One of the mysteries of the English language finally explained.
A relative clause appended without a relative pronoun to the noun phrase that governs it, as in the man I saw yesterday.
- ‘What makes one a comma splice and the other a contact clause is a function of what the writer knows.’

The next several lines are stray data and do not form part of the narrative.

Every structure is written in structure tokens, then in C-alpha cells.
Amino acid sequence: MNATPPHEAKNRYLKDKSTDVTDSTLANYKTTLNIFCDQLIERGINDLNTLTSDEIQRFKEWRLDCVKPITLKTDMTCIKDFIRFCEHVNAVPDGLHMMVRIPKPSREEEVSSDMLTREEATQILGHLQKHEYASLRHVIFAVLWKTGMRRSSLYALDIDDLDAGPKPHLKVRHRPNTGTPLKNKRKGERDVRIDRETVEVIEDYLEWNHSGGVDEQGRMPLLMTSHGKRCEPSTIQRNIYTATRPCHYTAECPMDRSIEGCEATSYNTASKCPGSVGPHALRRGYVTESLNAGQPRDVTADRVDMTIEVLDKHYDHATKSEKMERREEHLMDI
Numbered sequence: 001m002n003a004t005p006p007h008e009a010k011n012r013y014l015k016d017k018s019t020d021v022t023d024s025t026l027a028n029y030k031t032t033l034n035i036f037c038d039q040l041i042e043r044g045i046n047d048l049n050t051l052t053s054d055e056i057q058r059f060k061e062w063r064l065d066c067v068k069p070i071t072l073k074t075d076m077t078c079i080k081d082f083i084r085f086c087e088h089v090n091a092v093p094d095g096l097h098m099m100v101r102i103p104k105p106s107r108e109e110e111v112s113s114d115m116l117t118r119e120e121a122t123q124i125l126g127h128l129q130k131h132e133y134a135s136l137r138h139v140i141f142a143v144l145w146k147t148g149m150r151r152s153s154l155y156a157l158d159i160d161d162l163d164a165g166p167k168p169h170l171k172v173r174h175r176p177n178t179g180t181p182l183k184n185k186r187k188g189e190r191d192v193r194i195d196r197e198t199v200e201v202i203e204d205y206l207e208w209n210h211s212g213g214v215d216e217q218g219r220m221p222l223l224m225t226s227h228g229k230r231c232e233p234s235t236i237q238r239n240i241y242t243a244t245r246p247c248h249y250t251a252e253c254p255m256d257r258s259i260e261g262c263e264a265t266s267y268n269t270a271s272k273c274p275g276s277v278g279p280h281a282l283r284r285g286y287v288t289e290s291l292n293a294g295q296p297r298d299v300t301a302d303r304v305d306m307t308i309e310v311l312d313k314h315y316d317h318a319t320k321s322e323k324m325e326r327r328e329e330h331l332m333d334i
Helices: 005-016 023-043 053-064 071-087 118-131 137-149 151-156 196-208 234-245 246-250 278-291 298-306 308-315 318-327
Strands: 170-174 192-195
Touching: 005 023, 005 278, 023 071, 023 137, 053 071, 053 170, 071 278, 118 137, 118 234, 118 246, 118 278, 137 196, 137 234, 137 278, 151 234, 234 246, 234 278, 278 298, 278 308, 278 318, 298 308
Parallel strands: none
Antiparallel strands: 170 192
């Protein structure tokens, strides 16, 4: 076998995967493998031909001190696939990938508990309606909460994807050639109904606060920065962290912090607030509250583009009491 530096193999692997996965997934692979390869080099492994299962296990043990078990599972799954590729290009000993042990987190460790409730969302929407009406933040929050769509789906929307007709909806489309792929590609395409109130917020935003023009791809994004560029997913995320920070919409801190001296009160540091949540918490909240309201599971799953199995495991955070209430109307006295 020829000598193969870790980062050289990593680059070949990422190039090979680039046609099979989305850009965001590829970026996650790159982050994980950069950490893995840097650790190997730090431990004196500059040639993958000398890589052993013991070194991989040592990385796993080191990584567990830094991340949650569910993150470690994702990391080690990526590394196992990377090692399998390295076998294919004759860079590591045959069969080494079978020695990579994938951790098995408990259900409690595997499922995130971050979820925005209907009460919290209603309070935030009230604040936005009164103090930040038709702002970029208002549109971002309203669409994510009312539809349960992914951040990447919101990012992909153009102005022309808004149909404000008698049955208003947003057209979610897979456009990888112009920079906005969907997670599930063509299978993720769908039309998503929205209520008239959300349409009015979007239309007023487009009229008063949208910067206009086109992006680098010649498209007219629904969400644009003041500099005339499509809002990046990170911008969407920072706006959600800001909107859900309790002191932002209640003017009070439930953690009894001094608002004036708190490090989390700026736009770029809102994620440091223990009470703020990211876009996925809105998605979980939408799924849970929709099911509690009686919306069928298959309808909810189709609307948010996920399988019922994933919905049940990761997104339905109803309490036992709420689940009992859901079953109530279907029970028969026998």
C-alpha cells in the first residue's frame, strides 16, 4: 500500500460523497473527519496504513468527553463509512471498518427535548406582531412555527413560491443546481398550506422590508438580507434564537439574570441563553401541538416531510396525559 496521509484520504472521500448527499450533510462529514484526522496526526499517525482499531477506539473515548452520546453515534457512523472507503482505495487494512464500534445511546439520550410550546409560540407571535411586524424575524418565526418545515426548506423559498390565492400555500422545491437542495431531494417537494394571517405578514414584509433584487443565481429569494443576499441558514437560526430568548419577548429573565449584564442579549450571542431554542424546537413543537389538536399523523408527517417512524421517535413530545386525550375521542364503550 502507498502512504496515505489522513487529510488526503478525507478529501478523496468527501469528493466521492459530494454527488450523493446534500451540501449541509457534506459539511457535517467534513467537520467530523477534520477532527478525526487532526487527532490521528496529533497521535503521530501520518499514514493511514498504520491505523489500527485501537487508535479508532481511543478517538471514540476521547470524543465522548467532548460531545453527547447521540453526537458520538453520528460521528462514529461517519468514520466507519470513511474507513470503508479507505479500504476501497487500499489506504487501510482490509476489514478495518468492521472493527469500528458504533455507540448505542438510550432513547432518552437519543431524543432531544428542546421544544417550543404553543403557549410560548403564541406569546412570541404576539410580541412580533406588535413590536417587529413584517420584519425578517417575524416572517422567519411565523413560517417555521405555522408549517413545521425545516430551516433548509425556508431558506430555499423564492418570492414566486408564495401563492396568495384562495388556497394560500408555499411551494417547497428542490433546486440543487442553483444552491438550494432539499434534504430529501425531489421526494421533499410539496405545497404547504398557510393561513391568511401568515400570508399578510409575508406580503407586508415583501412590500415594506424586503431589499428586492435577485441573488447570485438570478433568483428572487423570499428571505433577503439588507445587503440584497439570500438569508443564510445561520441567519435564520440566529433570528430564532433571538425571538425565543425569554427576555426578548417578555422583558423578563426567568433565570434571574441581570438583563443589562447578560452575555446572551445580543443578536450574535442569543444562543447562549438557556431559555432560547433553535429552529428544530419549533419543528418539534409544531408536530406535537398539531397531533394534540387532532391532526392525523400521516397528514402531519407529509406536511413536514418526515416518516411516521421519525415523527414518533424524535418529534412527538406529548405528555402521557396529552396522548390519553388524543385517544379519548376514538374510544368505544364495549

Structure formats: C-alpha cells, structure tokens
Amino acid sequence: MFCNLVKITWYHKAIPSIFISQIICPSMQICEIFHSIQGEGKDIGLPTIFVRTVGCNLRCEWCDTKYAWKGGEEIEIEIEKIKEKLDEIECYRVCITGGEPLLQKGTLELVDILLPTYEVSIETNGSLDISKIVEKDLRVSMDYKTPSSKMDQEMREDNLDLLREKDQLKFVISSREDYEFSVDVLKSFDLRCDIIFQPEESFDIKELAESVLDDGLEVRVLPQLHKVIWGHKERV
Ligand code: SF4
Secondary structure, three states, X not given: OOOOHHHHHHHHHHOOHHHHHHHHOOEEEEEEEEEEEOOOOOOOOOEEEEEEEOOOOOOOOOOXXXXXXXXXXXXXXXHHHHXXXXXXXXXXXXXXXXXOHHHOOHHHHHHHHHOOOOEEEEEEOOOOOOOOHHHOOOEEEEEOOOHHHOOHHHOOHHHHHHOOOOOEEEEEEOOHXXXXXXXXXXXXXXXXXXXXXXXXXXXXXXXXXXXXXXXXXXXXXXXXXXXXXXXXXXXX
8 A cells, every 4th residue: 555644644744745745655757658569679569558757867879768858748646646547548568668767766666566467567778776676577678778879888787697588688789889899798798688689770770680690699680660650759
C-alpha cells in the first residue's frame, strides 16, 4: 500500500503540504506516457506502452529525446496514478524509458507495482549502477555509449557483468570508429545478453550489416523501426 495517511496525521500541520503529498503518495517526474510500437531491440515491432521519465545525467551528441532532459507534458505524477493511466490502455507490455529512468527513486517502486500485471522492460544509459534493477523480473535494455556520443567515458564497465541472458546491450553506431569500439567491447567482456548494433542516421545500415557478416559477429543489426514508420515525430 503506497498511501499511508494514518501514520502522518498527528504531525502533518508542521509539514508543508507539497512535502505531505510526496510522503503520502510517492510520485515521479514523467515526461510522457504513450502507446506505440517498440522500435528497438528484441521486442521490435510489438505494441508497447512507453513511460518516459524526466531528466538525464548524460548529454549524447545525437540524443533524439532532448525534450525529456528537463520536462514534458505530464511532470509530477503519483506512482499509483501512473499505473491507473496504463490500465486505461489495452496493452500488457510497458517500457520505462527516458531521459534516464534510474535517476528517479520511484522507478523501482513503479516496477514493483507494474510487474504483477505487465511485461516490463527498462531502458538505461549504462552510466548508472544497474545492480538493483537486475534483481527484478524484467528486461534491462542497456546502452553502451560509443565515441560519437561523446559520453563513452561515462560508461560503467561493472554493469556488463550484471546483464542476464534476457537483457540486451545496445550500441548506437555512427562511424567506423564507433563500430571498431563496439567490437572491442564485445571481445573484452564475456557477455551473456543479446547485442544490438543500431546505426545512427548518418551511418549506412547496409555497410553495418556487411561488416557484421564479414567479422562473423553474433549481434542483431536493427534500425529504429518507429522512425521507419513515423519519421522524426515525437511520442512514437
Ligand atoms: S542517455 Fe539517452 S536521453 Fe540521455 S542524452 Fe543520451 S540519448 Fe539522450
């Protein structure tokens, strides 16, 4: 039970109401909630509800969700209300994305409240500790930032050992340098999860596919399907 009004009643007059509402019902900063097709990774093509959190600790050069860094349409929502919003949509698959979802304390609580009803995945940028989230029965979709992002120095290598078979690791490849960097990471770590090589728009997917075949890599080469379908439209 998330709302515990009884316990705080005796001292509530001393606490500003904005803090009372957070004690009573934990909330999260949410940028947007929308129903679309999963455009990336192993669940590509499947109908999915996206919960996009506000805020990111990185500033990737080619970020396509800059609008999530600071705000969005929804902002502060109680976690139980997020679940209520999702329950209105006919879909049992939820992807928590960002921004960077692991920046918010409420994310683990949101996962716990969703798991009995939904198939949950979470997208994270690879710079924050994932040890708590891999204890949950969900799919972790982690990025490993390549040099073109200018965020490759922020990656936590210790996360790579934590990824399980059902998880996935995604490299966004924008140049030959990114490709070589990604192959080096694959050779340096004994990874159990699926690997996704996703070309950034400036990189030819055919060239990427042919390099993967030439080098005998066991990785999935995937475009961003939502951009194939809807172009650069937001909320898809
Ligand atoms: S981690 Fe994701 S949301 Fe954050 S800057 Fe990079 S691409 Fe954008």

- ‘The relative pronouns can be organized in a similar table to the one above, but no omission or contact clauses can be found here.’
- ‘Contact clauses are common in spoken English.’
- ‘Join each pair of sentences, making the subordinate clause a contact clause; i.e. with the omission of the relative pronoun.’
- ‘When the relative pronouns ‘who ", ‘which’ or ‘that’ (in object case) are omitted the relative clause becomes a contact clause.’
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